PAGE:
Adolescents living with HIV are a priority population in addressing the global HIV epidemic.1,2 The major burden of HIV among adolescents exists in sub-Saharan Africa, where 85% of the estimated 2 million global HIV-infected adolescents live, and where 92% of global AIDS-related adolescent deaths occur.3–5 Although new HIV infections and AIDS-related deaths have declined overall in sub-Saharan Africa, HIV remains the leading cause of death among adolescents 10–19 years of age in the region.3,6 Furthermore, the World Health Organization (WHO) estimated a 50% increase in the incidence of AIDS-related deaths among adolescents from 2005 to 2012, compared with a 32% decrease among other age groups.4,7 Despite the broad scale-up of HIV services that includes expanded antiretroviral therapy (ART) coverage and eligibility that occurred over this timeframe, few studies describe how the characteristics of adolescents enrolling in HIV care and initiating ART have changed over the years.6
Understanding these characteristics is important because adolescents face multiple challenges in navigating the HIV care and treatment cascade. Limited awareness of HIV infection, inadequate access to testing and counseling services, and low uptake of these services lead to delayed care entry and more advanced disease stage at enrollment in care.1,8–11 Multiple studies in sub-Saharan Africa have reported higher attrition for adolescents both before and after ART initiation when compared with adults, and poor adherence to ART and attrition have both been associated with worse virologic outcomes and higher mortality compared with adults.11–23 Many of these studies report aggregate data or are limited by small sample sizes.4 As such, they do not allow us to address the distinct developmental and social differences between younger and older adolescents, who may have different modes of HIV acquisition and risks of adverse outcomes. Moreover, many studies are cross-sectional and limited in their ability to extrapolate epidemiologic trends to evaluate and contextualize public health interventions, or sample from few geographic locations with potentially limited generalizability.4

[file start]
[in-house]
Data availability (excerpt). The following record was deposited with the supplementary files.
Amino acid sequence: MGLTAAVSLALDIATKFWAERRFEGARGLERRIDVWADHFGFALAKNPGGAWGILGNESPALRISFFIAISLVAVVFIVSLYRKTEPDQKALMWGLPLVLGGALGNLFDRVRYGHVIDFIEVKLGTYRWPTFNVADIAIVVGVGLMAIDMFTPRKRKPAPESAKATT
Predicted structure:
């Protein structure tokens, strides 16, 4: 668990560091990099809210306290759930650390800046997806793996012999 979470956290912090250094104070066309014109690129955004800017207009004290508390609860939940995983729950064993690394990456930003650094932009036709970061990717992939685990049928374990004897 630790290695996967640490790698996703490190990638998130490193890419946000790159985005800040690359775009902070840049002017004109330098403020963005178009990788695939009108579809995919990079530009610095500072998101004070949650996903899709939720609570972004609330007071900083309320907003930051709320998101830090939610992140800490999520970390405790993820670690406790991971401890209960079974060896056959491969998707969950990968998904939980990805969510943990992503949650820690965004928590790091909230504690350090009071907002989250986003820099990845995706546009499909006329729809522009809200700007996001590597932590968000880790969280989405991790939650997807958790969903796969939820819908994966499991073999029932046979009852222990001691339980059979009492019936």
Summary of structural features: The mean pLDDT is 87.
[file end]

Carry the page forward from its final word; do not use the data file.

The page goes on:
As of 2014, Kenya, Tanzania, and Uganda together accounted for 33% of HIV-infected adolescents aged 10–19% and 31% of AIDS-related adolescent deaths in Eastern and Southern Africa.24 The population of HIV-infected adolescents in these and other global regions is expected to grow over the coming years, given the increasing survival of perinatally infected children, the contribution of new sexually transmitted infections, and the projected increase in the absolute number of adolescents in living in low-income countries.4,25 Achieving the Joint United Nations Programme on HIV/AIDS 90-90-90 targets for this vulnerable population will require robust data concerning the epidemiologic patterns of adolescents enrolling in HIV care and initiating ART.6,26 The objective of this study is to understand the characteristics and outcomes over time of adolescents enrolling in HIV care and initiating ART in Kenya, Tanzania, and Uganda using data from the East Africa (EA) International Epidemiology Databases to Evaluate AIDS (IeDEA) Consortium.
This retrospective cohort used data of prospectively enrolled HIV-infected adolescents attending HIV care programs affiliated with the EA-IeDEA Consortium. The study was approved under the EA-IeDEA by the Indiana University IRB and all local regulatory bodies affiliated with each participating site. Patient-level consent was waived by all regulatory bodies because the data were collected as part of routine clinical care and were deidentified before data transfer and analysis.
This study was conducted at 6 HIV care programs in Kenya, Tanzania, and Uganda that participate in EA-IeDEA, an NIH-funded consortium that pools and harmonizes patient data collected in the context of routine care. Descriptions of the study sites can be found elsewhere.27,28 All facilities provided standard-of-care HIV treatment services as per their respective local and national guidelines. None of the facilities during the period of study offered Adolescent Clinics. With the exception of Moi Teaching and Referral Hospital at the Academic Model Providing Access to Healthcare (AMPATH) program in Kenya, all children were seen in the same clinic as adults; however, at times, there was a dedicated clinic day for children when a consultant might be present to support the regular providers, and care was not transitioned. At this clinic, adolescents were commonly seen in the pediatric clinic into their 20s. The study population included all adolescents who were between 10 and 19 years of age, inclusive, at the time of enrollment in HIV care at one of the participating programs between 2001 and 2014.